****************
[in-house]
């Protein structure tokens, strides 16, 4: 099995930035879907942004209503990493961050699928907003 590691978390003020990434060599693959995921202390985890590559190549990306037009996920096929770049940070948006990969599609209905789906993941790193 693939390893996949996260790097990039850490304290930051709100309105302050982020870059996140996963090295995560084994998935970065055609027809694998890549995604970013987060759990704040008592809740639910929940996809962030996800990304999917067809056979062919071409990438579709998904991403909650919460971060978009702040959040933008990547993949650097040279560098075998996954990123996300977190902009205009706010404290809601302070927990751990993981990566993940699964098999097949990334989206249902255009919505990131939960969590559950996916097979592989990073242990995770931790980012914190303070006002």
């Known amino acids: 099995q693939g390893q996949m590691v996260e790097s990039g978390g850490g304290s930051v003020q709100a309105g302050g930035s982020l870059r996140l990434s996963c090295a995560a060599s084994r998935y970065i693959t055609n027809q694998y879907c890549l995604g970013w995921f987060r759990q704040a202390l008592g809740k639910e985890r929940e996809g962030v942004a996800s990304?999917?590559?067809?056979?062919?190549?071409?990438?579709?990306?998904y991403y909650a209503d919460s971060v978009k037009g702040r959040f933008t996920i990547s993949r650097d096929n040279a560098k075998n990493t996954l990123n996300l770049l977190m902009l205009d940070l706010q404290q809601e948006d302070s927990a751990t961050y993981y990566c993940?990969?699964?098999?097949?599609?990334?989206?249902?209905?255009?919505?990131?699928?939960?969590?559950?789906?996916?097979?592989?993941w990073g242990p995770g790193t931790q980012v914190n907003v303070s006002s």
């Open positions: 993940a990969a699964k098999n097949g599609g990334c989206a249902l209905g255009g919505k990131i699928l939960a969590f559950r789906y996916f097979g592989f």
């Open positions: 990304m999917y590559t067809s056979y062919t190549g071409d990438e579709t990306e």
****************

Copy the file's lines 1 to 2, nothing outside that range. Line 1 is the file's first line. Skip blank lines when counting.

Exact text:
[in-house]
């Protein structure tokens, strides 16, 4: 099995930035879907942004209503990493961050699928907003 590691978390003020990434060599693959995921202390985890590559190549990306037009996920096929770049940070948006990969599609209905789906993941790193 693939390893996949996260790097990039850490304290930051709100309105302050982020870059996140996963090295995560084994998935970065055609027809694998890549995604970013987060759990704040008592809740639910929940996809962030996800990304999917067809056979062919071409990438579709998904991403909650919460971060978009702040959040933008990547993949650097040279560098075998996954990123996300977190902009205009706010404290809601302070927990751990993981990566993940699964098999097949990334989206249902255009919505990131939960969590559950996916097979592989990073242990995770931790980012914190303070006002």